Coagulopathy in COVID-19 is a burning issue and strategies to prevent thromboembolic events are debated and highly heterogeneous. The objective was to determine incidence and risk factors of venous thromboembolism (VTE) in COVID-19 inpatients receiving thromboprophylaxis. In this retrospective French cohort study, patients hospitalized in medical wards non-ICU with confirmed COVID-19 and adequate thromboprophylaxis were included. A systematic low limb venous duplex ultrasonography was performed at hospital discharge or earlier if deep venous thrombosis (DVT) was clinically suspected. Chest angio-CT scan was performed when pulmonary embolism (PE) was suspected. Of 71 patients, 16 developed VTE (22.5%) and 7 PE (10%) despite adequate thromboprophylaxis. D-dimers at baseline were significantly higher in patients with DVT (p < 0.001). Demographics, comorbidities, disease manifestations, severity score, and other biological parameters, including inflammatory markers, were similar in patients with and without VTE. The negative predictive value of a baseline D-dimer level < 1.0 µg/ml was 90% for VTE and 98% for PE. The positive predictive value for VTE was 44% and 67% for D-dimer level ≥ 1.0 µg/ml and ≥ 3 µg/ml, respectively. The association between D-dimer level and VTE risk increased by taking into account the latest available D-dimer level prior to venous duplex ultrasonography for the patients with monitoring of D-dimer. Despite thromboprophylaxis, the risk of VTE is high in COVID-19 non-ICU inpatients. Increased D-dimer concentrations of more than 1.0 μg/ml predict the risk of venous thromboembolism. D-dimer level-guided aggressive thromboprophylaxis regimens using higher doses of heparin should be evaluated in prospective studies.
The incidence of venous thromboembolism (VTE) in non-ICU COVID-19 patients with thromboprophylaxis is unknown.
Consecutive COVID-19 inpatients had systematic venous duplex ultrasonography at discharge.
Of the 71 patients included, 16 developed VTE (22.5%) and 7 pulmonary embolisms (PE) (10%). The negative predictive value of baseline D-dimer level < 1.0 µg/ml was 90% for VTE, 98% for PE.
D-dimer level-guided aggressive thromboprophylaxis regimens using higher doses of heparin should be evaluated in prospective studies.
Since the first cases reported in Wuhan in December 2019, coronavirus disease 2019 (COVID-19) has contributed to significant mortality worldwide . Coagulopathy is frequently reported [1, 2] and elevated D-dimer is a significant poor prognosis factor [3, 4]. Moreover, some authors have suggested a particularly high frequency of thromboembolic events, including fatal pulmonary embolism . Use of heparin was associated with reduced mortality in COVID-19 patients, suggesting that thromboembolism prophylaxis is critical in the management of COVID-19 [6,7,8]. The International Society of Thrombosis and Haemostasis has recommended systematic pharmacological thromboprophylaxis in all patients who require hospital admission for COVID-19 . However, the incidence of venous thromboembolism in patients hospitalized for COVID-19 is unclear, particularly under thromboprophylaxis. Whether some clinico-biological parameters could predict venous thromboembolism risk and guide thromboprophylaxis management is also unknown. The objectives of the study were to determine the frequency and to identify predictive factors of venous thromboembolism in COVID-19 inpatients receiving pharmacological thromboprophylaxis.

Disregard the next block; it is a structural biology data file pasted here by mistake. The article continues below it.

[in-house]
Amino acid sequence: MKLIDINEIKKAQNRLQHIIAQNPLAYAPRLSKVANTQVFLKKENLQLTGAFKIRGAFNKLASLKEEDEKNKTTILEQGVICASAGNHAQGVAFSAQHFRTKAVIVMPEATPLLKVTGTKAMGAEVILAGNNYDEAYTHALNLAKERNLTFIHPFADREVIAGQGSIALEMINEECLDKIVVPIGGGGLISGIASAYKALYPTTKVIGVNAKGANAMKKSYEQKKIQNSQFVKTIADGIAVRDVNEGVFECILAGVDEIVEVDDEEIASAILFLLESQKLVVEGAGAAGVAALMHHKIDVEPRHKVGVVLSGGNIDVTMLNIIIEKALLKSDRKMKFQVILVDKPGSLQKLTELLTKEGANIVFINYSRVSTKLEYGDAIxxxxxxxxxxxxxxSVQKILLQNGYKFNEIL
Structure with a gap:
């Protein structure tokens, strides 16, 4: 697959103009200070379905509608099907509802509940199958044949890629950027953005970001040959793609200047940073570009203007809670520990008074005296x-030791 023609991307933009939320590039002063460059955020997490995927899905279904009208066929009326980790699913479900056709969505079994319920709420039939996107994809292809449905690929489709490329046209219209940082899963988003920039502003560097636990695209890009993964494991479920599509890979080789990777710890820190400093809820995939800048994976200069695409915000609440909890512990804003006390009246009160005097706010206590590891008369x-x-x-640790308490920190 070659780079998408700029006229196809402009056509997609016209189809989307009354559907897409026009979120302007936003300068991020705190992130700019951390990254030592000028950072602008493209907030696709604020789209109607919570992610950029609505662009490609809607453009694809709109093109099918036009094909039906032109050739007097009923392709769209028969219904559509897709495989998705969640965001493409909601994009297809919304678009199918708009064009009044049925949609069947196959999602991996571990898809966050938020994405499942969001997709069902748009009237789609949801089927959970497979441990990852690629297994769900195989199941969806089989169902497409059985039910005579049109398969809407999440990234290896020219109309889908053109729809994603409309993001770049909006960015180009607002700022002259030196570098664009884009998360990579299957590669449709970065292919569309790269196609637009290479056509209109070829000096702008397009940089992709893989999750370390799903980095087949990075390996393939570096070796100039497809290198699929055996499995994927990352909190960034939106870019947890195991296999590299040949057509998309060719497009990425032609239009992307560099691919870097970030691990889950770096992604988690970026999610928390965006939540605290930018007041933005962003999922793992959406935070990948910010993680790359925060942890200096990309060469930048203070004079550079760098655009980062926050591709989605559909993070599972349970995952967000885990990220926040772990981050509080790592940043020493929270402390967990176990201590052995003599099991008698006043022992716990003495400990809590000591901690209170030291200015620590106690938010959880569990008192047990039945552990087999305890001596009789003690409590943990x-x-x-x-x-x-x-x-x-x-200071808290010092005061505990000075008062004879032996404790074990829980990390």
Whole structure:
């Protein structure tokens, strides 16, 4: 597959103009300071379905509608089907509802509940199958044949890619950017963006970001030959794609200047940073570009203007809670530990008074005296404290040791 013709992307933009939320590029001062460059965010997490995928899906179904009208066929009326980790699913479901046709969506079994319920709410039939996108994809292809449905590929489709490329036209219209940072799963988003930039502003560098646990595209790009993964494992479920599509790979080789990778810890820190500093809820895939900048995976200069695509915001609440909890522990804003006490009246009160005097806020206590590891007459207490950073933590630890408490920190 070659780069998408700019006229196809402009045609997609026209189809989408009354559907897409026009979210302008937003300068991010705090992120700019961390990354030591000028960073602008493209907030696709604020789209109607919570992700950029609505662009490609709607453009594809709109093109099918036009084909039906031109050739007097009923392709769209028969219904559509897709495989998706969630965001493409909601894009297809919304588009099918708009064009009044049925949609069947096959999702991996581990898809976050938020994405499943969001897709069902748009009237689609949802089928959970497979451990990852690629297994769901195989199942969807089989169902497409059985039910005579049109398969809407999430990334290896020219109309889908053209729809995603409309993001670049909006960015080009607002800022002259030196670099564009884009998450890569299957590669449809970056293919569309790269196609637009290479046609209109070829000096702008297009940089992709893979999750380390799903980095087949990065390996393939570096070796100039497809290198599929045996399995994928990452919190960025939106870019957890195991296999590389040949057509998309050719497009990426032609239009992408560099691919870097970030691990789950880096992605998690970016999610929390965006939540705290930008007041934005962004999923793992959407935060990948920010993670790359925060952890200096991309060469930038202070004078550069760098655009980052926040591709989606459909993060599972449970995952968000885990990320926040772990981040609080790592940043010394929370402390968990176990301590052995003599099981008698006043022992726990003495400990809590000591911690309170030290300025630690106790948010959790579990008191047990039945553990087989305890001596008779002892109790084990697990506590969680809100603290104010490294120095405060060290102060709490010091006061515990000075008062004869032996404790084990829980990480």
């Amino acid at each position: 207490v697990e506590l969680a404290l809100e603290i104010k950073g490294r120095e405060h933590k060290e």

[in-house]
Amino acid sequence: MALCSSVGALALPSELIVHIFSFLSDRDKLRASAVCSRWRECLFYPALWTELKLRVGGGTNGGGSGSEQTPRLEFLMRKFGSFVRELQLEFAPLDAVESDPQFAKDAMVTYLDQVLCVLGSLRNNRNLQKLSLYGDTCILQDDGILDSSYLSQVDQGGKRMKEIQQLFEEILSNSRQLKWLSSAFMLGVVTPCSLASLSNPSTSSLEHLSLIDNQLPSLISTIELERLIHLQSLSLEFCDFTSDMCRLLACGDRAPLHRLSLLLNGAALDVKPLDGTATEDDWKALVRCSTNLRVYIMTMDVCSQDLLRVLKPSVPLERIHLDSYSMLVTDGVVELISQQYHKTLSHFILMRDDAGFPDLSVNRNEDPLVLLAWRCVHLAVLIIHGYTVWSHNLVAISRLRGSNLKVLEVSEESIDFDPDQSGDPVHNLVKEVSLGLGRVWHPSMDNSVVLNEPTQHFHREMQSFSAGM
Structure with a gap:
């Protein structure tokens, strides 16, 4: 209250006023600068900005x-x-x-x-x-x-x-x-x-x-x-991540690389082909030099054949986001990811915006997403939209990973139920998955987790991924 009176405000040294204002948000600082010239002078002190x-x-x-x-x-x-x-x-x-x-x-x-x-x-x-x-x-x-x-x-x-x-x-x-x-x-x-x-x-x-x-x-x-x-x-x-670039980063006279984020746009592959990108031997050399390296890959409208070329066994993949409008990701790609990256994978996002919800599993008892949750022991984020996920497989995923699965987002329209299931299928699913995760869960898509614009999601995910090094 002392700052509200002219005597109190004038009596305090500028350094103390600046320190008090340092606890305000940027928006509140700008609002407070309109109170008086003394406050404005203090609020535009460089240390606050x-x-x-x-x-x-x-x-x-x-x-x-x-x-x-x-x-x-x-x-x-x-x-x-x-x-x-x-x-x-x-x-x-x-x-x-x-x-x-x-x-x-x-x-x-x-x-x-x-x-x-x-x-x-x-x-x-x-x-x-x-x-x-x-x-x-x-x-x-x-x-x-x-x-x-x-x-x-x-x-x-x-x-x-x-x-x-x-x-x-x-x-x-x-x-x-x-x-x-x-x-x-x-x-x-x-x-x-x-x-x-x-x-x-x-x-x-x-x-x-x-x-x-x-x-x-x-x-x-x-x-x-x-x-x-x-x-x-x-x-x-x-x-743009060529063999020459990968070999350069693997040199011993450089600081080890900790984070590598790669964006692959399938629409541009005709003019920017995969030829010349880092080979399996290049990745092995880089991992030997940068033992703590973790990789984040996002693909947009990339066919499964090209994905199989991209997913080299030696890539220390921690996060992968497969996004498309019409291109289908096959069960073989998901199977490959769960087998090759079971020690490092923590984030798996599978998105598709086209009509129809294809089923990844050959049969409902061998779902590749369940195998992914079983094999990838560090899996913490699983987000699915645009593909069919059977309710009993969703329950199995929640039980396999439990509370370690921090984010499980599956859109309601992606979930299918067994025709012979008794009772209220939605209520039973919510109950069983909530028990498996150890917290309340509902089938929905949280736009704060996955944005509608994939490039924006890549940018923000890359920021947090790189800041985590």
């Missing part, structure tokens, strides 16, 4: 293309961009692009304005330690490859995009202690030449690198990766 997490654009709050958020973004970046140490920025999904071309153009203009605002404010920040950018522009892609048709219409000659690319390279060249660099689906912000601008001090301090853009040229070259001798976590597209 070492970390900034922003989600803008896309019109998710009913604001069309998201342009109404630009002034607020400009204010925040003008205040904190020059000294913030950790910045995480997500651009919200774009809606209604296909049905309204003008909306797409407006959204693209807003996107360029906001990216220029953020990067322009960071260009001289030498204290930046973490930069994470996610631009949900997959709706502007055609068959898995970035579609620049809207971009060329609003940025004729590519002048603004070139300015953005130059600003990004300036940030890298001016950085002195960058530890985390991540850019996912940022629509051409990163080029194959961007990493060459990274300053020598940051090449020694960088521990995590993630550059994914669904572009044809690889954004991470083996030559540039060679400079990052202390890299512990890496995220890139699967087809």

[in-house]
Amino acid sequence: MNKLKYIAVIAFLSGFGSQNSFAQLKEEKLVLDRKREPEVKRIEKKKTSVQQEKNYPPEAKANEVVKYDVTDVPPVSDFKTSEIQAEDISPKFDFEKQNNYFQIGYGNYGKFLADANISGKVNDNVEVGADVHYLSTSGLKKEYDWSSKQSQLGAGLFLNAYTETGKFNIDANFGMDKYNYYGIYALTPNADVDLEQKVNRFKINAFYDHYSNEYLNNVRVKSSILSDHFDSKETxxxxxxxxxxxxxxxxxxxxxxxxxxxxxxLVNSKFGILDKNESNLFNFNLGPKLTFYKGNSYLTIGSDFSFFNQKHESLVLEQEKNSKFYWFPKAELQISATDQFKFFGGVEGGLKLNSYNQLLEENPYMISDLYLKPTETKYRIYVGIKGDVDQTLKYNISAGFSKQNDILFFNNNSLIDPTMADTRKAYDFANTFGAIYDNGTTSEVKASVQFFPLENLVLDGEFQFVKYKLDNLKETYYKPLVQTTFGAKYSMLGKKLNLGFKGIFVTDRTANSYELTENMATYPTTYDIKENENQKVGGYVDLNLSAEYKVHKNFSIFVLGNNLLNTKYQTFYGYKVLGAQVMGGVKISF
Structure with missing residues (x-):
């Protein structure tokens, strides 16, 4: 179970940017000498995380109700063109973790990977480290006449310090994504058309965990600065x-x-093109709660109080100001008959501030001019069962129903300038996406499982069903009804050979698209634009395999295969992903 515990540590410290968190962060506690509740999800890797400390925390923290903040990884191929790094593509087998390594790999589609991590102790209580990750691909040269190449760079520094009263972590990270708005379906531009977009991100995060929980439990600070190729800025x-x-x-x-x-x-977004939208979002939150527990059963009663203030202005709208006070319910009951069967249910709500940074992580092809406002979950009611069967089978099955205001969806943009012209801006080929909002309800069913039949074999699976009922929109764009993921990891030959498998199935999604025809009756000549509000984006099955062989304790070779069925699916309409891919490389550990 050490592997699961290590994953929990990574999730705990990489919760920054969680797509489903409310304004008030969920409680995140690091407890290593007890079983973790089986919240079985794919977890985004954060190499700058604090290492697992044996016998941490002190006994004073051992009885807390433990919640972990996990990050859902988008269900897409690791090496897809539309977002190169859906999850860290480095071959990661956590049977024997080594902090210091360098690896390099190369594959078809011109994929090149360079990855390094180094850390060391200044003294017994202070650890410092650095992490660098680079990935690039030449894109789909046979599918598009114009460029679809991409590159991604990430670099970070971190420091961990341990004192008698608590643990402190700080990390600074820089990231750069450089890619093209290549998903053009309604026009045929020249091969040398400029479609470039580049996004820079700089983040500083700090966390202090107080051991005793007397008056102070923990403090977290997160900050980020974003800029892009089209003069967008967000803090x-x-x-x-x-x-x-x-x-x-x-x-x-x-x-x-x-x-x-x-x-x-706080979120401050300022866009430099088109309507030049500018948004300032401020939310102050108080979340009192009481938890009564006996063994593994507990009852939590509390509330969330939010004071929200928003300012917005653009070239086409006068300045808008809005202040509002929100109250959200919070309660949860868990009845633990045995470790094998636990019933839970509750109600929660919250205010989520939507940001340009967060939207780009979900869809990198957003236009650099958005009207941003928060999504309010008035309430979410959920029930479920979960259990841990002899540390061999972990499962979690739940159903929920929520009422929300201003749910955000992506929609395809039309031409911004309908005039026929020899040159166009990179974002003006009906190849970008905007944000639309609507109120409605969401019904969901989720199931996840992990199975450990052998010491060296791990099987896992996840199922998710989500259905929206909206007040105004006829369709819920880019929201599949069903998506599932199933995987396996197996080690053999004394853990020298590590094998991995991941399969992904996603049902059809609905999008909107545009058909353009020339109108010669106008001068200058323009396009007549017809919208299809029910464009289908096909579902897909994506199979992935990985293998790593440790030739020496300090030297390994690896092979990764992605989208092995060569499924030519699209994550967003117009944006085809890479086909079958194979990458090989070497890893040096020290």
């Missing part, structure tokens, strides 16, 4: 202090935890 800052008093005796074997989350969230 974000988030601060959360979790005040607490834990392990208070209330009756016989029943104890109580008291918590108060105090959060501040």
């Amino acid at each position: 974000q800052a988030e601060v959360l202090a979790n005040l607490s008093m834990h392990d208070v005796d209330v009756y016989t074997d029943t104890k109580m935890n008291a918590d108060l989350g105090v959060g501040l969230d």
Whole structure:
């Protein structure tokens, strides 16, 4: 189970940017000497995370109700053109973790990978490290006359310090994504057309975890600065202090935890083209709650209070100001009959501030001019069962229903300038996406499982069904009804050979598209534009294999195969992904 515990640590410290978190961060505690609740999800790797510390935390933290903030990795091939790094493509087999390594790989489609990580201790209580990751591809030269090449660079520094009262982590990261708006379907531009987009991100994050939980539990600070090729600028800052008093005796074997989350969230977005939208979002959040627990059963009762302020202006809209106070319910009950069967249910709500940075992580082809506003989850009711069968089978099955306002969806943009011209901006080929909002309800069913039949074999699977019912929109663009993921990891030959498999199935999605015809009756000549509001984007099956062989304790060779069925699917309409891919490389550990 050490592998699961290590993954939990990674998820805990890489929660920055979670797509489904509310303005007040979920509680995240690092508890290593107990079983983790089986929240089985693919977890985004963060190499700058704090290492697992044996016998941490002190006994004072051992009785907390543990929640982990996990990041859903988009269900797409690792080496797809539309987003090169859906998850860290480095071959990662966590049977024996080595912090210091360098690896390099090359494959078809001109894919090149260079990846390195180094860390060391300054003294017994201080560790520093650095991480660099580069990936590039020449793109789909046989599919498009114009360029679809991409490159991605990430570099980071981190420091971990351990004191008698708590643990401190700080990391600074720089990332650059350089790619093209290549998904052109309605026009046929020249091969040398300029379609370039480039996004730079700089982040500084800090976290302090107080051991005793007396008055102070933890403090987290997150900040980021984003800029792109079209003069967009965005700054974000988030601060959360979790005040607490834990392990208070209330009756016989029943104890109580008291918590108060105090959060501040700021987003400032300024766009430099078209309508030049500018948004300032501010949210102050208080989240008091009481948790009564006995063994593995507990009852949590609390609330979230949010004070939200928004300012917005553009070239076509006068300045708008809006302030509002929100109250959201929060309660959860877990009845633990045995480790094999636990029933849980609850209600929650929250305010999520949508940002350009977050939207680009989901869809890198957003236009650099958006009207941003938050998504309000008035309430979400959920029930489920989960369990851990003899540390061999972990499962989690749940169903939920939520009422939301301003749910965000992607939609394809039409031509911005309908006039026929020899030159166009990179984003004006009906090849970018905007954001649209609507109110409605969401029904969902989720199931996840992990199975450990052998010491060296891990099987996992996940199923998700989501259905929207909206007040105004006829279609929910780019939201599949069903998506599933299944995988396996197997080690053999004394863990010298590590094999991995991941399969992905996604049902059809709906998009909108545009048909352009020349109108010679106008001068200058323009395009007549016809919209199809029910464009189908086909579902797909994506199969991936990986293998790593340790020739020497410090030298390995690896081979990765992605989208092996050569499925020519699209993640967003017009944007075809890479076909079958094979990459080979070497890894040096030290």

In this retrospective cohort study, all consecutive patients with confirmed COVID-19 hospitalized for more than 48 h in two French centers (Nantes University Hospital and Châteaubriant Hospital) were screened between March 25, 2020 and April 10, 2020. Inclusion criteria were age > 18 years and adequate thromboprophylaxis and available low limb venous duplex ultrasonography. Exclusion criteria were previous anticoagulation and contraindication to thromboprophylaxis. A confirmed case of COVID-19 was defined as a positive result on real-time reverse-transcriptase–polymerase-chain-reaction assay of nasopharyngeal swab specimens for SARS-CoV-2 or typical pattern on chest CT-scan . Thromboprophylaxis was considered adequate if it was implemented within 24 h of hospital admission, included daily administration of weight-appropriate enoxaparin following institutional recommendations (40 mg/day for BMI < 30 kg/m2, 60 mg/day for BMI 30 to 40 kg/m2 and 40 mg twice daily for BMI > 40 kg/m2) and covered the whole hospital stay.